Members of the U.S. Army encounter hostile Czervenian forces in the graphic novel series
The fictitious nation of Czervenia has just attacked its neighboring country with a "massive military offensive" and several Army soldiers sit around a conference table, planning how to rescue refugees and send a long-range surveillance team into enemy territory.
A helicopter hovers over a refugee camp in the rain, its blades whirring as rain falls. Soldiers parachute into the forest near a Czervenian staging area and watch through night-vision scopes.
The scenes are part of "America's Army," a graphic novel launched by the U.S. Army in 2009. Once available only in a static form through a web-based reader, the panels now come alive with sound effects and partial animation in a new iPad and Android app released last week.
Soldiers can be heard rustling in leaves as they try to hide from Czervenian forces on a night mission. Gunfire rattles as the screen flashes with "BOOM," "PING," and "PANG."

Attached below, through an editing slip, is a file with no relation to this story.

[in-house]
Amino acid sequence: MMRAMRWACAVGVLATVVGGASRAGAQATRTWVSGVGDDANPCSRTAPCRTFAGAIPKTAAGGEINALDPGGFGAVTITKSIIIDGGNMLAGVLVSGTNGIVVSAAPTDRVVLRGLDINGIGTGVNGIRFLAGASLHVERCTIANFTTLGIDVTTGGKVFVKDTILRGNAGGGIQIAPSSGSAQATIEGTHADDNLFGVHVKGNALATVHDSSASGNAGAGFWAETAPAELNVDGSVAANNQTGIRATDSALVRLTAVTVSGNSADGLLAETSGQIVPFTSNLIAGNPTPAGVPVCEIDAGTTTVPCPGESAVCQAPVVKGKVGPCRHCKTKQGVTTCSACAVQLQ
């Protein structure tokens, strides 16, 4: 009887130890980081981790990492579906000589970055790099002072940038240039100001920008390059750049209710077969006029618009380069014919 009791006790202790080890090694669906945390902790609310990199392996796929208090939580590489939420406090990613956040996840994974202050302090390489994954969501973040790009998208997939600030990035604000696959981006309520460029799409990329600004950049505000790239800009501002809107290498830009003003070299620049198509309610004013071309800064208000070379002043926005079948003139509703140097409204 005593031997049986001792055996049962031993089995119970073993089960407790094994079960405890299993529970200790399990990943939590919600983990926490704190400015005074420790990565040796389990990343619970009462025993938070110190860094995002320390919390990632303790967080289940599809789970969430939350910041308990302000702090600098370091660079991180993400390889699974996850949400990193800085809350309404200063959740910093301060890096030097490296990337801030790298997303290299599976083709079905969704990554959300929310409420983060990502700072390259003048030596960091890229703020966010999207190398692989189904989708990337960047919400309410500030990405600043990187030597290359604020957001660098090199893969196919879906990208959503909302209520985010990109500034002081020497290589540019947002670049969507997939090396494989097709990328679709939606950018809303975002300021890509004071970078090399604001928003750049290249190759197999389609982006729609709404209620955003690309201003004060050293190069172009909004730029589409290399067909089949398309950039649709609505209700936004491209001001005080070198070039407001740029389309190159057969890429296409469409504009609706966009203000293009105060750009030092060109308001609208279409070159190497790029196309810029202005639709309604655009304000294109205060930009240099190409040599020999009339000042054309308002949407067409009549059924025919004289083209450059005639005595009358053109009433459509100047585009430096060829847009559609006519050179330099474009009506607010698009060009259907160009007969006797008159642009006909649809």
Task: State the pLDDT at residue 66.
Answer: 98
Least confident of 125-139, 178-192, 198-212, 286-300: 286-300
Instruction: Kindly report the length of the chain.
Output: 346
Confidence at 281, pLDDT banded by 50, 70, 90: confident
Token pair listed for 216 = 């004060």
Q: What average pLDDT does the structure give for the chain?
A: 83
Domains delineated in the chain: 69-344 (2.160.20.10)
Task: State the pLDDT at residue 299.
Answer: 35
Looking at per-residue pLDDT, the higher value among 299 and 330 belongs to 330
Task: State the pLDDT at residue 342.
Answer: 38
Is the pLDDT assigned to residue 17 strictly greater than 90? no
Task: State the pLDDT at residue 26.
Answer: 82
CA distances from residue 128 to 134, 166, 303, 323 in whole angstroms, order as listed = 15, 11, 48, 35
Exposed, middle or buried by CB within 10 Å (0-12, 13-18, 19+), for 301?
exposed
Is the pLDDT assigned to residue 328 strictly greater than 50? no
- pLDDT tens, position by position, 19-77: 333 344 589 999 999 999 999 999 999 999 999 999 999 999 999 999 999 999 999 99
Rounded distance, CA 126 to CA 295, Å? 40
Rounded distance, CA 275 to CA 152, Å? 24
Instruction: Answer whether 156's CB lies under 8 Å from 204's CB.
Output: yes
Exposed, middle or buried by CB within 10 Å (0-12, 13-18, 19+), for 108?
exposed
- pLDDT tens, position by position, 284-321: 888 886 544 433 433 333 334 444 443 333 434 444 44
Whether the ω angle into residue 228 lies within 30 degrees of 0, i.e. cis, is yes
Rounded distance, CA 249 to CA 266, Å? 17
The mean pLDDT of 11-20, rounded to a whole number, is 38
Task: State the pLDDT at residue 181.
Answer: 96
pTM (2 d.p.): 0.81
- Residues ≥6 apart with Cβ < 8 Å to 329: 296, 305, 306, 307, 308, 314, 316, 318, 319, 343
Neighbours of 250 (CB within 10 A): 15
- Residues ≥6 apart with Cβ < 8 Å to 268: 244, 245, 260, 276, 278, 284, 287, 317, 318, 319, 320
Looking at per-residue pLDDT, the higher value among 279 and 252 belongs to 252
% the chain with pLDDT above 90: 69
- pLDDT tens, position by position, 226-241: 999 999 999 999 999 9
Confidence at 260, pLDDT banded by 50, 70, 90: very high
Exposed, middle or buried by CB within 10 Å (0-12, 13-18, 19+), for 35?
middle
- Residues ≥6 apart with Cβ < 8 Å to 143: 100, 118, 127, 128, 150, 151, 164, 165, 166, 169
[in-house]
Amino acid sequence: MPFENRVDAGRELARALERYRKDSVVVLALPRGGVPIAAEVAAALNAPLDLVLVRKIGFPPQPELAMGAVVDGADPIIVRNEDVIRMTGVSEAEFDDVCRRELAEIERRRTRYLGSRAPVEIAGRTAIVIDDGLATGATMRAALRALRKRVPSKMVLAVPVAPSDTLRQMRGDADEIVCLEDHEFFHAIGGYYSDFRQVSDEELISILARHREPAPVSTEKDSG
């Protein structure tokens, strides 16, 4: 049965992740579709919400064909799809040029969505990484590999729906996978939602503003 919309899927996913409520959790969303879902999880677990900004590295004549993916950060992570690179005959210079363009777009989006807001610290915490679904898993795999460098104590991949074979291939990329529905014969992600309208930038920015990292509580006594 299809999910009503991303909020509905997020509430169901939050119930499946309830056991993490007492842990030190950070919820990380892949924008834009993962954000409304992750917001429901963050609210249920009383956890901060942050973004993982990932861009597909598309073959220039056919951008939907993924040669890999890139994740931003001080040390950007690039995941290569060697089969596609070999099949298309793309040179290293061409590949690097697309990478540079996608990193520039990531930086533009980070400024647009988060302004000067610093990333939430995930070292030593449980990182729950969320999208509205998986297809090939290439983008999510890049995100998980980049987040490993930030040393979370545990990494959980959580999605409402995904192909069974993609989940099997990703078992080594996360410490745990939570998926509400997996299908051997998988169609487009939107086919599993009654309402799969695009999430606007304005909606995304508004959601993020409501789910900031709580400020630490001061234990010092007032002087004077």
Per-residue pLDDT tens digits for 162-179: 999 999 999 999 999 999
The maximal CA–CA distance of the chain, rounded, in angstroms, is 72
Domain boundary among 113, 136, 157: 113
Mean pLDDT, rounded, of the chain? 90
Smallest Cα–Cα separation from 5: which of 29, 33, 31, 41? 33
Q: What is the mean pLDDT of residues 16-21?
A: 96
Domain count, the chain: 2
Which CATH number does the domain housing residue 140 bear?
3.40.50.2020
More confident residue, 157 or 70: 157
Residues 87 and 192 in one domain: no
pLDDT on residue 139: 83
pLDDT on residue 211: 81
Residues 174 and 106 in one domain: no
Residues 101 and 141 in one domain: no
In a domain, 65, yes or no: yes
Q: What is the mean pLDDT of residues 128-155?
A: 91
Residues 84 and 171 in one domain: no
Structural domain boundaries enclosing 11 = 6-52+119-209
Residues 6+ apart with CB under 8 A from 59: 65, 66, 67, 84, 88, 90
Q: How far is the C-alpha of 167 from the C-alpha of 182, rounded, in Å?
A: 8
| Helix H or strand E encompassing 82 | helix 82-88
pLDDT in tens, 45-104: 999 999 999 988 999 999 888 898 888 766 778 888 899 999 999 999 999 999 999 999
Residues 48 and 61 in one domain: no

The app is the latest iteration of America's Army, which began as a video game in 2002. The first three issues of the comic will be re-released on the app, followed by new issues every couple of months.
U.S. soldiers conduct a mission in Czervenian enemy territory.
Michael Barnett, a chief engineer for the Army Game Studio and executive producer of the comic series, told msnbc.com that the comic is designed to show the personal aspects of missions as well as highlight the various roles soldiers play in conflict.
Kirby, for example, is a soldier on his first deployment who is unsure that he'll perform well under pressure. Minor characters include a lawyer and doctor, both of whom wouldn't normally get screen time in a video game. Many of the stories, Barnett said, are based on soldiers' real experiences.
The Army has published comics for decades through PS, The Preventive Maintenance Monthly, a series for soldiers that teaches maintenance skills and tips via a monthly strip.
Barnett said he did not know yet how many users have downloaded the app, but is hopeful that the tablet technology will help reach civilians and soldiers alike.
"That’s what we really love about comic books," Barnett said, "they bridge a very wide audience."
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